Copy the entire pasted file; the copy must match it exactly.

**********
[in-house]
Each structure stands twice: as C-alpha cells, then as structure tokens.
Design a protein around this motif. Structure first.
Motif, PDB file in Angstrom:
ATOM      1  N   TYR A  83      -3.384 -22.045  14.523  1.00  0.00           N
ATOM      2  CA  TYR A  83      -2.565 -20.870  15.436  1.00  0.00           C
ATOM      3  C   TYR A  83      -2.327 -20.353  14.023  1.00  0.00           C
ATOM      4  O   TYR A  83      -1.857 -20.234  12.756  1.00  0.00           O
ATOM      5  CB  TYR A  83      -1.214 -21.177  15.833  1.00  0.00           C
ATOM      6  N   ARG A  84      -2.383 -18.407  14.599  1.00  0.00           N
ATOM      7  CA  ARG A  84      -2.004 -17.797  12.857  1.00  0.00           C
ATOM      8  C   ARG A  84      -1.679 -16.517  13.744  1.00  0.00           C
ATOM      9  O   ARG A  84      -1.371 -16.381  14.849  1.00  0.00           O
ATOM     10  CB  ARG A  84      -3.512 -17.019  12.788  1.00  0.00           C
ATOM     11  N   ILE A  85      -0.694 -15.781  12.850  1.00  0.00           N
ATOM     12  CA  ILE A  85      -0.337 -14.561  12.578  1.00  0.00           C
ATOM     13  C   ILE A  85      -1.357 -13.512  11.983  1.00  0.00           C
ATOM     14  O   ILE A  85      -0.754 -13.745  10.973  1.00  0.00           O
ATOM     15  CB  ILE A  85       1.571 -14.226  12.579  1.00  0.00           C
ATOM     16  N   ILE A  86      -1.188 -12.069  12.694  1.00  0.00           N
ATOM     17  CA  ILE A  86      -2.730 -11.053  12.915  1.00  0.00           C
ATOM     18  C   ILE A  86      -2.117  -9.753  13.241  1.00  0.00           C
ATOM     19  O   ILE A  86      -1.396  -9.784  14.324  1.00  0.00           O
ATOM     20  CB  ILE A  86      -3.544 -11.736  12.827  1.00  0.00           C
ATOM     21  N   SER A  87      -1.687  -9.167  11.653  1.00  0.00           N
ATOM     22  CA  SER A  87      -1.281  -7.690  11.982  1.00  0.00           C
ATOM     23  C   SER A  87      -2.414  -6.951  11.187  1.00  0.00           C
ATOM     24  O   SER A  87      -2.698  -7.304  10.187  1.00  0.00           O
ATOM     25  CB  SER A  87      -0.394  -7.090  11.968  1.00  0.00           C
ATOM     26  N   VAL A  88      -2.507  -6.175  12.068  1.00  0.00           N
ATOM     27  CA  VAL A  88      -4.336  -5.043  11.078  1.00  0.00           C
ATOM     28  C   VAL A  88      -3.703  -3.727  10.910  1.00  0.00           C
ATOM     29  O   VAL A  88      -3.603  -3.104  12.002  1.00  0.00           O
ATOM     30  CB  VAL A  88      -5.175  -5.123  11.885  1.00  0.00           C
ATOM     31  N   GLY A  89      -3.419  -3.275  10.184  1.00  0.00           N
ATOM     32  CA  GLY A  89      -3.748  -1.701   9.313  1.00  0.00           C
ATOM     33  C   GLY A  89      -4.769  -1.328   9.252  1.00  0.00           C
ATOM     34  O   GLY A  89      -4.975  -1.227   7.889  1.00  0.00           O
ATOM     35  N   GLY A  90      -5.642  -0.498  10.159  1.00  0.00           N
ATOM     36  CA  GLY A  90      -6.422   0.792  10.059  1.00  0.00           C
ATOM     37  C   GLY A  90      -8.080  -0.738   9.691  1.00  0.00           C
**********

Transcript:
[in-house]
Each structure stands twice: as C-alpha cells, then as structure tokens.
Design a protein around this motif. Structure first.
Motif, PDB file in Angstrom:
ATOM      1  N   TYR A  83      -3.384 -22.045  14.523  1.00  0.00           N
ATOM      2  CA  TYR A  83      -2.565 -20.870  15.436  1.00  0.00           C
ATOM      3  C   TYR A  83      -2.327 -20.353  14.023  1.00  0.00           C
ATOM      4  O   TYR A  83      -1.857 -20.234  12.756  1.00  0.00           O
ATOM      5  CB  TYR A  83      -1.214 -21.177  15.833  1.00  0.00           C
ATOM      6  N   ARG A  84      -2.383 -18.407  14.599  1.00  0.00           N
ATOM      7  CA  ARG A  84      -2.004 -17.797  12.857  1.00  0.00           C
ATOM      8  C   ARG A  84      -1.679 -16.517  13.744  1.00  0.00           C
ATOM      9  O   ARG A  84      -1.371 -16.381  14.849  1.00  0.00           O
ATOM     10  CB  ARG A  84      -3.512 -17.019  12.788  1.00  0.00           C
ATOM     11  N   ILE A  85      -0.694 -15.781  12.850  1.00  0.00           N
ATOM     12  CA  ILE A  85      -0.337 -14.561  12.578  1.00  0.00           C
ATOM     13  C   ILE A  85      -1.357 -13.512  11.983  1.00  0.00           C
ATOM     14  O   ILE A  85      -0.754 -13.745  10.973  1.00  0.00           O
ATOM     15  CB  ILE A  85       1.571 -14.226  12.579  1.00  0.00           C
ATOM     16  N   ILE A  86      -1.188 -12.069  12.694  1.00  0.00           N
ATOM     17  CA  ILE A  86      -2.730 -11.053  12.915  1.00  0.00           C
ATOM     18  C   ILE A  86      -2.117  -9.753  13.241  1.00  0.00           C
ATOM     19  O   ILE A  86      -1.396  -9.784  14.324  1.00  0.00           O
ATOM     20  CB  ILE A  86      -3.544 -11.736  12.827  1.00  0.00           C
ATOM     21  N   SER A  87      -1.687  -9.167  11.653  1.00  0.00           N
ATOM     22  CA  SER A  87      -1.281  -7.690  11.982  1.00  0.00           C
ATOM     23  C   SER A  87      -2.414  -6.951  11.187  1.00  0.00           C
ATOM     24  O   SER A  87      -2.698  -7.304  10.187  1.00  0.00           O
ATOM     25  CB  SER A  87      -0.394  -7.090  11.968  1.00  0.00           C
ATOM     26  N   VAL A  88      -2.507  -6.175  12.068  1.00  0.00           N
ATOM     27  CA  VAL A  88      -4.336  -5.043  11.078  1.00  0.00           C
ATOM     28  C   VAL A  88      -3.703  -3.727  10.910  1.00  0.00           C
ATOM     29  O   VAL A  88      -3.603  -3.104  12.002  1.00  0.00           O
ATOM     30  CB  VAL A  88      -5.175  -5.123  11.885  1.00  0.00           C
ATOM     31  N   GLY A  89      -3.419  -3.275  10.184  1.00  0.00           N
ATOM     32  CA  GLY A  89      -3.748  -1.701   9.313  1.00  0.00           C
ATOM     33  C   GLY A  89      -4.769  -1.328   9.252  1.00  0.00           C
ATOM     34  O   GLY A  89      -4.975  -1.227   7.889  1.00  0.00           O
ATOM     35  N   GLY A  90      -5.642  -0.498  10.159  1.00  0.00           N
ATOM     36  CA  GLY A  90      -6.422   0.792  10.059  1.00  0.00           C
ATOM     37  C   GLY A  90      -8.080  -0.738   9.691  1.00  0.00           C